Onego St.Petersburg arrived with the components for overhead cranes to be installed in the new Halifax Shipyard building.
Built in 2011, the ship measures 5425 grt, 8215 dwt, and carries two 40 tonne cranes that can work in tandem. It is typical of the new breed of multi-purpose carriers with full width hatches, box shaped holds and pontoon type hatch covers, strengthened for heavy cargoes.Most visible from shore as it arrived were the orange beams for 100 tonne Kone overhead rolling cranes. Shipped in short sections, they will be bolted in place on site.
The new pier 9C extension (which used to be called pier 9D) was estimated to cost $73 mn, including a new concrete pier face, consisting of concrete cells and cope walls, asphalt surfacing for heavy loads, rail tracks, a refurbished and extended storage shed with railroad loading doors, electric lighting and the usual equipment such as bollards and fenders.
The new facility will ease the pressure on the south end piers and bring back the Richmond Terminals (piers 9 , 9A, 9B and 9C) as a busy part of the port. Some advantages are the access to roads without going through downtown traffic and a quicker access to the rail yards in Rockingham.
In the pre container era, Richmond Terminals was a busy spot. At pier 9 the Volvo assembly plant was busy off loading crated car bodies, frames engines and other components.
Pier 9 also had a tanker facility, which still exists, connecting to tanks on Barrington Street.
Piers 9 A, B and C were almost always busy with the "Sun" ships of Saguenay Terminals
Built as a corvette, but converted to a cargo ship, Bedford II operated from Pier 9A to St.John's for Newfoundland Canada Steamships - a precursor to Oceanex.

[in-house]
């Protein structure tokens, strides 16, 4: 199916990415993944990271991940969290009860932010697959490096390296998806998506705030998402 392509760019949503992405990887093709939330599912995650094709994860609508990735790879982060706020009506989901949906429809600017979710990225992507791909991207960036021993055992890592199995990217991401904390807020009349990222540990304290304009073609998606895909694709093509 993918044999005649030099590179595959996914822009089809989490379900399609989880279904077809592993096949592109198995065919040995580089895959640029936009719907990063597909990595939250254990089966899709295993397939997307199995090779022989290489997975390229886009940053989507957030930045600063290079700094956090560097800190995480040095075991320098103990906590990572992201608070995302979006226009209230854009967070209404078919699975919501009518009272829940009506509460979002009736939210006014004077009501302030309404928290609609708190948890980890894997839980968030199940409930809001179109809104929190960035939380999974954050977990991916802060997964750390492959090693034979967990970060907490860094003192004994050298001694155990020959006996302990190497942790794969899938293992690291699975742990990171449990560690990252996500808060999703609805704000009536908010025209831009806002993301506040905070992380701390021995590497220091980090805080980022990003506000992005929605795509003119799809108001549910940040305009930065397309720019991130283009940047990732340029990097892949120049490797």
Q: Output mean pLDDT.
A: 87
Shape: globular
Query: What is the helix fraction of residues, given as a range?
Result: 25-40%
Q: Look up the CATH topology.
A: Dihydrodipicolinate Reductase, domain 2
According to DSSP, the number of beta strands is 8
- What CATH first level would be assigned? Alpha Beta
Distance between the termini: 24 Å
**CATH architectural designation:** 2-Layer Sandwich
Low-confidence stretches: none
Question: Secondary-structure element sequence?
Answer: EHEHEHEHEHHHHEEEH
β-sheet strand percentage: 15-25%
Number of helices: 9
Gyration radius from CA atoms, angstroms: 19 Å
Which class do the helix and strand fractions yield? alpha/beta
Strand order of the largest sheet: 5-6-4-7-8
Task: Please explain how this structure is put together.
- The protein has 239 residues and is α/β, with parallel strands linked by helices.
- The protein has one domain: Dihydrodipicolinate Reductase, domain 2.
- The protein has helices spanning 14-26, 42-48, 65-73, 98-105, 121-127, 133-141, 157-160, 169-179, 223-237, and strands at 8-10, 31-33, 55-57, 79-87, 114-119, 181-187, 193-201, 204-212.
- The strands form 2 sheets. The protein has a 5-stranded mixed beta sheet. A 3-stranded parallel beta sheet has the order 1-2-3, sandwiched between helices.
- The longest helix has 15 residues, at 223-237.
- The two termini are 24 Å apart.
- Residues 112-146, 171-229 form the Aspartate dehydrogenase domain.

The jog in the rail just below the ship's name is the division between Pier 9A and Pier 9B.
On the right is one of the covered sideloading ramps which CSL used for only one year as a pallet load service to Newfoundland. Forklifts transferred the palletized cargo from the pier 9A shed to the ship, unaffected by weather.
The Newfoundland coastal schooner Delray at Pier 9A, handballing cargo from a CN boxcar. The jog in the pier face is just ahead of the schooner. There is no traffic on the MacKay bridge, which was brand new but had not opened officially when this photo was taken.
Pier 9A and B were equipped with a rail line and freight sheds, and their own population of pigeons.
Pier 9C handled a variety of ships for breakbulk cargo such as packaged timber. The piers were well served by rail lines.
Pier 9D had no seawall, only a roughly filled shoreline, and when it wasn't in use for parking truck trailers, it could be used to unload and store coal as it did several times over a period of years.
The new facility is quite splendid:
Looking south, there is a huge open area for laydown. Note the Power plant as three stacks now (but only one in 1970)
Looking north, a portion of the new Pier 9C shed extension on the left. A line of rubber fenders on the pier had not been installed yet when these photos were taken September 28. The pier now extends almost to the foot of the MacKay bridge west tower.